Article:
climate change

Merkel’s Green Hypocrisy

  • Why it matters

    Why it matters

    Global action on climate change could be in danger if Germany doesn’t play the role model – especially with a skeptical Trump administration.

  • Facts

    Facts

    • Angela Merkel presided over a meeting this week of about 30 nations in Berlin, preparing for global talks on climate change in November.
    • Germany could miss the target it set itself in 2007 of cutting its emission by 40 percent by 2020 compared with 1990 levels, analysts warn.
    • Ms. Merkel has also intervened to delay and weaken EU reforms on vehicle emissions to protect the German auto industry.
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    Audio

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Angela Merkel
"Climate chancellor" Angela Merkel in Greenland: The German leader may no longer deserve that nickname, critics say. Source: Michael Kappeler / AP

A decade ago, Angela Merkel was feted as the “climate chancellor” for championing the fight against global warming. In 2007, she persuaded President George W. Bush to sign up to a pledge to limit global temperature rises to two degrees over pre-industrial levels. A few years later, she launched Germany’s green energy revolution to wean the country off fossil fuel by 2050.

This week, she once again urged nations to work together to fight climate change and said there would be economic benefits in doing so. That remark was an apparent bid to persuade US President Donald Trump to drop any plans to ditch the Paris climate accord, which seeks to stop the world using fossil fuels this century.

“We are responsible for each other,” Ms. Merkel told a meeting of about 30 nations in Berlin on Tuesday, preparing for global talks on climate change in November. “I am trying to convince doubters. There is still work to do.”

It was a message she likely reinforced at a meeting of Group of Seven (G7) leaders from the world’s leading industrial nations this weekend. But environmental experts said Ms. Merkel has long since stopped practicing what she preaches. “Not much is left of the climate chancellor of 10 years ago,” said Jan Kowalzig, a climate change analyst at Oxfam in Germany.

Around half the decline in German greenhouse gas emissions has resulted not from green policies but from the restructuring of the smoke-belching industry of the former communist eastern Germany following unification in 1990, said Mr. Kowalzig.

“She rallies the international community behind decarbonization but in Germany she hasn’t dared to set a clear timetable to phase out coal.”

Christoph Bals, Political director of Germanwatch

Since that revamp has been completed, the decline in German CO2 emissions has been modest and Germany will miss the target it set itself in 2007 of cutting its emission by 40 percent by 2020 compared with 1990 levels, he said.

“There have been no remarks by the chancellor let alone countermeasures,” he said.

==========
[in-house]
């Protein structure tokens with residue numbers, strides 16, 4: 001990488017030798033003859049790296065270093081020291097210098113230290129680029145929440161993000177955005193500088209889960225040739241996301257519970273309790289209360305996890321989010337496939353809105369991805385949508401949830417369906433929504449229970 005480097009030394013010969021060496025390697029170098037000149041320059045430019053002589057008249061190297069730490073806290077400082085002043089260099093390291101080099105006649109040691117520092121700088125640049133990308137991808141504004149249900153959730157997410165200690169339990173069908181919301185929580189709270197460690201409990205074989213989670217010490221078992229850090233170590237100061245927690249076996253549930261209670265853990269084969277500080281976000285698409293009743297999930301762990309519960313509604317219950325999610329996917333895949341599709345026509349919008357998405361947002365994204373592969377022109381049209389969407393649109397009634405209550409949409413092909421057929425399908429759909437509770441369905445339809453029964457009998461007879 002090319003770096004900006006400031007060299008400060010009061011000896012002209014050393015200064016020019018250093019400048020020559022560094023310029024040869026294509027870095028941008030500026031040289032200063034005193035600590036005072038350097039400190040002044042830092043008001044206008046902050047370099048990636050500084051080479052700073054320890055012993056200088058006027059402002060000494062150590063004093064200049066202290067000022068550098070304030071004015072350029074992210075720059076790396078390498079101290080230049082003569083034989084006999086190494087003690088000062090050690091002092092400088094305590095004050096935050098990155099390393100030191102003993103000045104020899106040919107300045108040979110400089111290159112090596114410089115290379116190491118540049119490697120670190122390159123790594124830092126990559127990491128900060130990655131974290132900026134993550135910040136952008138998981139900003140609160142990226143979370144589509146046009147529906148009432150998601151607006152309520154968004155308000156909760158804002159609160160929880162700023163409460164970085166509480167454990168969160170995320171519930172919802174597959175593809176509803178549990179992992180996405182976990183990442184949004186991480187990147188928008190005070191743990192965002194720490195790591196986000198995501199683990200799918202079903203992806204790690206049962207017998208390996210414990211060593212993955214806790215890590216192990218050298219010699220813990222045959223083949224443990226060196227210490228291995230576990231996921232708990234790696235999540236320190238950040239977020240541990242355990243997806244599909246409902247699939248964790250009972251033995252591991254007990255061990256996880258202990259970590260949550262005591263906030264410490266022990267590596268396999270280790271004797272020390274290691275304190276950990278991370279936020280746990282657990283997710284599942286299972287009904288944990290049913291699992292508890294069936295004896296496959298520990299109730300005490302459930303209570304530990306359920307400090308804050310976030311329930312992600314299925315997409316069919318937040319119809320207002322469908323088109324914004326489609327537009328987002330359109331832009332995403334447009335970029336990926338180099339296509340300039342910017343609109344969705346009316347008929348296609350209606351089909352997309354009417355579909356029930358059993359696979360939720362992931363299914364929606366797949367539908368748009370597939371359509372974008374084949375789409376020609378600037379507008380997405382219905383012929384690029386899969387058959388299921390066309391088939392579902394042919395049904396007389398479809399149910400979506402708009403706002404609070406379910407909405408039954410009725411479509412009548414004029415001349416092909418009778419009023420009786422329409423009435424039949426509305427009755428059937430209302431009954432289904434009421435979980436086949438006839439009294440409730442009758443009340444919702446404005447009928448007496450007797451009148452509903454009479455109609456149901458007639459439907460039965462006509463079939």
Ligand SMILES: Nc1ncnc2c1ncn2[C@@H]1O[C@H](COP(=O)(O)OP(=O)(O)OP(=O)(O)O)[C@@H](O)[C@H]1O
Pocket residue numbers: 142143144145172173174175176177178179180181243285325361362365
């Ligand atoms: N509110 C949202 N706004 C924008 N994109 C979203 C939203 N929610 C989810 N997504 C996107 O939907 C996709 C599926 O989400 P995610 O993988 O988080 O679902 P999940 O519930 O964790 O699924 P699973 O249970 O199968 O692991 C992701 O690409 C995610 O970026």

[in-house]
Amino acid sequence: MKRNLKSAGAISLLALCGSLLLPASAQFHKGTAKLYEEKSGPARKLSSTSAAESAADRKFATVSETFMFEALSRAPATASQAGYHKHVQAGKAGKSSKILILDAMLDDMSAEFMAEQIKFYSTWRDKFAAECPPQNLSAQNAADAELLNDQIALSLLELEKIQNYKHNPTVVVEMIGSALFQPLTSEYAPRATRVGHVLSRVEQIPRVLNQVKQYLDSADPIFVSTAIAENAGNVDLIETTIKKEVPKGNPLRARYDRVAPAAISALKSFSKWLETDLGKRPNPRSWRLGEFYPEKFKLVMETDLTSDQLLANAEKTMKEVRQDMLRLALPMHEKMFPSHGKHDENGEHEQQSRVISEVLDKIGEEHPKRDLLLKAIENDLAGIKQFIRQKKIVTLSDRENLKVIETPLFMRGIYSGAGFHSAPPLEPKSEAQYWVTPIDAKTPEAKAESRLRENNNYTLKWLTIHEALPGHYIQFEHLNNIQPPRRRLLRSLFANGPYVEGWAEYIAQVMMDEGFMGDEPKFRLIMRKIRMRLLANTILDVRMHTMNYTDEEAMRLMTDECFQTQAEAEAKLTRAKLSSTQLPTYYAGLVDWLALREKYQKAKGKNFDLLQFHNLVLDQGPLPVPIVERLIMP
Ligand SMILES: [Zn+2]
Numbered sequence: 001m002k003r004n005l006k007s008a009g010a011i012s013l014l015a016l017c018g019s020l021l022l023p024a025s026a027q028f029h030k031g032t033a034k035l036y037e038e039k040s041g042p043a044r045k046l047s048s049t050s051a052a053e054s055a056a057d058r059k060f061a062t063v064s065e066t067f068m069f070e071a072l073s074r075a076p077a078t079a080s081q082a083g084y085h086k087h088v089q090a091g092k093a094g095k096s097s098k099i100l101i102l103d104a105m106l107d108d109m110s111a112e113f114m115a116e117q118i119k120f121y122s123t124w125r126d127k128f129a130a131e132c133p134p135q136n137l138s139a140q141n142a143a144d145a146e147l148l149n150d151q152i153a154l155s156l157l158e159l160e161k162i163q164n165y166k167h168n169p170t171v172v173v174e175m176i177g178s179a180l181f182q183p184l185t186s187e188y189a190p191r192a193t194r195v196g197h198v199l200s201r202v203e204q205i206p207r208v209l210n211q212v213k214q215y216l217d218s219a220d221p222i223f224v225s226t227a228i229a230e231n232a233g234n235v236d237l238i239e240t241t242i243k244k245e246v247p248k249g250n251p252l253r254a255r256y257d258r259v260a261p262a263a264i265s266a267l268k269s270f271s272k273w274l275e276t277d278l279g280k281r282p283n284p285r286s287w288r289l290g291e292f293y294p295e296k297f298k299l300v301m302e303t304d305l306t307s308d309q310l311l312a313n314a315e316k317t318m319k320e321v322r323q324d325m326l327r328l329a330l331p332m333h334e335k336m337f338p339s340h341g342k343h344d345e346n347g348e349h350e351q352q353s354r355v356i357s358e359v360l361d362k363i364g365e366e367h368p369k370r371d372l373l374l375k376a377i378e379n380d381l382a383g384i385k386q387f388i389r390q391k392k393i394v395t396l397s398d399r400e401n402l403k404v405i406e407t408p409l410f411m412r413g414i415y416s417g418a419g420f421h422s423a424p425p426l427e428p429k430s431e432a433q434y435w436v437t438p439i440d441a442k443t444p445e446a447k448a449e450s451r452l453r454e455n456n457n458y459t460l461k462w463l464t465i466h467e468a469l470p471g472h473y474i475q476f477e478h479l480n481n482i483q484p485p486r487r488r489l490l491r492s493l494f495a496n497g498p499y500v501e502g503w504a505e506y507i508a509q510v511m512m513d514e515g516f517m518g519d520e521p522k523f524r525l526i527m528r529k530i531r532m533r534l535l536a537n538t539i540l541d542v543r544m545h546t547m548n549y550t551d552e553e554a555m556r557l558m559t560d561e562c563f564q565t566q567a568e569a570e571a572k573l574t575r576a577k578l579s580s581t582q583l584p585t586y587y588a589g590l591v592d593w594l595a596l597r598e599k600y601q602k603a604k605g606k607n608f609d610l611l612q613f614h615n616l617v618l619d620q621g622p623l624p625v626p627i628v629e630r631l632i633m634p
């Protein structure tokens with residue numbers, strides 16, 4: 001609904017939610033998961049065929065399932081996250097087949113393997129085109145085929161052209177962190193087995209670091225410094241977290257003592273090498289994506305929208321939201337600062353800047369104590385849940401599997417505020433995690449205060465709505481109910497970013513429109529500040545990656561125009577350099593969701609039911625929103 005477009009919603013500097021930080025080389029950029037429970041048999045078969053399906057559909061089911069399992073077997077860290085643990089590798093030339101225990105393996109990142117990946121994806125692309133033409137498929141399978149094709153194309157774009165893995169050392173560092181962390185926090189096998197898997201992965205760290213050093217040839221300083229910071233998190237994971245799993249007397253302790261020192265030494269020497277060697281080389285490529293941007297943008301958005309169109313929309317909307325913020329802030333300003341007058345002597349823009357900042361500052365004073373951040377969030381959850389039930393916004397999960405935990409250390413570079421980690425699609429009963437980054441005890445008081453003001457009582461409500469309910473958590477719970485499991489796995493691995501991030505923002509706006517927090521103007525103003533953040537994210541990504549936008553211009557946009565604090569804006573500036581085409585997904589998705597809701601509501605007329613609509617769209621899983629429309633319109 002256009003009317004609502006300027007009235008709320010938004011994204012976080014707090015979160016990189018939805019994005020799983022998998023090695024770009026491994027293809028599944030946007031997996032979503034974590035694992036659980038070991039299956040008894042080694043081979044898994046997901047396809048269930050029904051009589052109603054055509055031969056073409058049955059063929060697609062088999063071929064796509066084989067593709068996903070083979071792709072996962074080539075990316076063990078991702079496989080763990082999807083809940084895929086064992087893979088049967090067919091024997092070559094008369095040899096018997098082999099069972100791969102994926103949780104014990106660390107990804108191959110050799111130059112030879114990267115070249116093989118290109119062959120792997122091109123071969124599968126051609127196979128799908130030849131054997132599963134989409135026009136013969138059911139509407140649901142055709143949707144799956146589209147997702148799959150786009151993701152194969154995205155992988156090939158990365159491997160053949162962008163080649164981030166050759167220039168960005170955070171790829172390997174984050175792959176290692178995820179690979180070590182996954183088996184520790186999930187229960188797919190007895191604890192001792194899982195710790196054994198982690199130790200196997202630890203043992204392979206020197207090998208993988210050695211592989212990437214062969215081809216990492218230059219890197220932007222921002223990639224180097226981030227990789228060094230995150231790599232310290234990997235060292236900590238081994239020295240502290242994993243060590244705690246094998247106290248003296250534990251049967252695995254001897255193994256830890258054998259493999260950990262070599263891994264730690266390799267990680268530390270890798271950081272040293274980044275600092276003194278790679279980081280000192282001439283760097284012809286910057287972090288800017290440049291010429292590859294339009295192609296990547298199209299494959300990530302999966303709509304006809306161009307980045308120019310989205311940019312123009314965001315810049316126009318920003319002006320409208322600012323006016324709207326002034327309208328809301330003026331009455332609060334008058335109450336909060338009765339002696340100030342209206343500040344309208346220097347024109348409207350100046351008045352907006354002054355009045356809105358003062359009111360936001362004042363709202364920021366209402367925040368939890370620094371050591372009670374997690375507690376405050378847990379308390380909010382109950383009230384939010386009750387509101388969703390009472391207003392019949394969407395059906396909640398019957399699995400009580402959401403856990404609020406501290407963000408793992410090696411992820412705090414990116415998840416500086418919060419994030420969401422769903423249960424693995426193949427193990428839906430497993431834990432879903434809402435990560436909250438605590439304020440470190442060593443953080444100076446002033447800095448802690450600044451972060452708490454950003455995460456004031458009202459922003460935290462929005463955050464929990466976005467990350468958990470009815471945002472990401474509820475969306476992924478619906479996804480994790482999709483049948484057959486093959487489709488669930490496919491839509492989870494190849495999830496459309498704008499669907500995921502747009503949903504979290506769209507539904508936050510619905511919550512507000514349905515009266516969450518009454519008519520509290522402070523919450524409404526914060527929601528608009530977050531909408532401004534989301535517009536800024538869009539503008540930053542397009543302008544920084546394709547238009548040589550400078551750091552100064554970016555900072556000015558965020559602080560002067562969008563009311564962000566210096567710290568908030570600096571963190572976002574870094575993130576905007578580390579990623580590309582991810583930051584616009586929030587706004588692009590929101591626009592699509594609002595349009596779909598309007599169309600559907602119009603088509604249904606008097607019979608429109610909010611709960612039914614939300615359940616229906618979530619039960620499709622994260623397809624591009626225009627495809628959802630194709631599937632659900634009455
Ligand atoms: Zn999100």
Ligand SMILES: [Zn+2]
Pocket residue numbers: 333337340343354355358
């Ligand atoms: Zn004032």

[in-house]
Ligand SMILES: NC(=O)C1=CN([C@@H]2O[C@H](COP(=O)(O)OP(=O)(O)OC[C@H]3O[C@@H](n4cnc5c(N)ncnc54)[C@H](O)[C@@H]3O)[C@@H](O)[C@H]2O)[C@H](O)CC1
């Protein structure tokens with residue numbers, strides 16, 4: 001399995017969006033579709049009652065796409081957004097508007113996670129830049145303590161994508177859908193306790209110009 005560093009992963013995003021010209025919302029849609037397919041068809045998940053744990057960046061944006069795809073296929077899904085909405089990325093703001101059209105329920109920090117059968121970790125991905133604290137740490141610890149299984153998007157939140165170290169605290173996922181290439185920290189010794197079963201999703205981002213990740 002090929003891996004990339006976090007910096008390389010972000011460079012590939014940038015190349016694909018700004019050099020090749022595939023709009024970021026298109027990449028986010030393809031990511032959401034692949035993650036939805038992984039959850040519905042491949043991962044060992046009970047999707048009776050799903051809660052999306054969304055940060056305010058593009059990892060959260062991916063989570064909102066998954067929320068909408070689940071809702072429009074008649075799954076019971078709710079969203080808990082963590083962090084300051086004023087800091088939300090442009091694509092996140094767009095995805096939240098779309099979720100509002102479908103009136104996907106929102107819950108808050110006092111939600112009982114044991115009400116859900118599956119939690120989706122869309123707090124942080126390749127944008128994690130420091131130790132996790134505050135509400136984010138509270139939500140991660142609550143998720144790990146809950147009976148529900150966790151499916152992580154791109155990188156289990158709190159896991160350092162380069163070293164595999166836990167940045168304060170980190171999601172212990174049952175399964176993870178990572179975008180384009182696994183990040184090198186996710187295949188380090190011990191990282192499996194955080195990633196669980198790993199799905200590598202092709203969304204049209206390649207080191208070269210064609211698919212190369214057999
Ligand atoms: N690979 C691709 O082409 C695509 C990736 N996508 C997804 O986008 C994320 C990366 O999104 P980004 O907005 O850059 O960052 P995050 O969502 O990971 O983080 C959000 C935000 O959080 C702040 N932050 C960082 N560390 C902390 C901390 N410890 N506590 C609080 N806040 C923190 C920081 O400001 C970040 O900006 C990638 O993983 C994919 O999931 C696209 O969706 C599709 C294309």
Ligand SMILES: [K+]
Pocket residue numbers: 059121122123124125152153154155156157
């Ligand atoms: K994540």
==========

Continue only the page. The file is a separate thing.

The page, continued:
Ms. Merkel has also intervened to delay and weaken EU reforms on vehicle emissions to protect the German auto industry, famed for its production of high-performance limousines and SUVs, green experts complained. Mr. Kowalzig accused Ms. Merkel of “going on her knees to the auto industry” even though it was the only sector that had failed to reduce its greenhouse gas emissions since 1990.

Christoph Bals, political director of Germanwatch, a think tank, described the chancellor’s commitment to climate protection as “ambivalent.”

“Internationally she carries weight by stressing the importance of implementing climate goals but in the EU she picks up the phone to pare back CO2 standards for cars, and readily accepts that Germany is about to miss the 40 percent reduction goal by miles,” he said.

“She rallies the international community behind decarbonization but in Germany she hasn’t dared to set a clear timetable to phase out coal.”

In addition, Ms. Merkel’s coalition of conservatives and center-left Social Democrats has slowed down the expansion of renewable energy generation by setting upper limits, said environmental groups.

Meanwhile the reform of the EU’s CO2 permit trading scheme for cutting carbon emissions by European industries has been so tentative that it will fail to have much real impact on corporate investments until after 2030, they added.

And instead of taxing coal-fired power stations to make them less attractive to run, the government has agreed to pay utilities billions of euros in taxpayers’ money to keep them as a reserve source of energy.

Environmental experts said the new government formed after the next general election in September must implement the German Climate Action Plan 2050, approved by Ms. Merkel’s coalition last year to fulfil the nation’s obligations under the Paris climate agreement.

Top of its to-do list will be the phaseout of German coal mining and coal-fired power generation by 2030 or 2035 at the latest. Coal still accounts for around 40 percent of electricity generated in Germany and is viewed as an important pillar of the power supply as the country exits nuclear energy by 2022 and shifts to renewable energy.

If Ms. Merkel wins a fourth term, her coal policy will decide “whether she will bury the Paris climate agreement or become its strongest activist,” said Mr. Kowalzig.

Silke Kersting reports for Handelsblatt from Berlin, focusing on consumer protection, construction, environmental policy and climate change. To contact the author: kersting@handelsblatt.com

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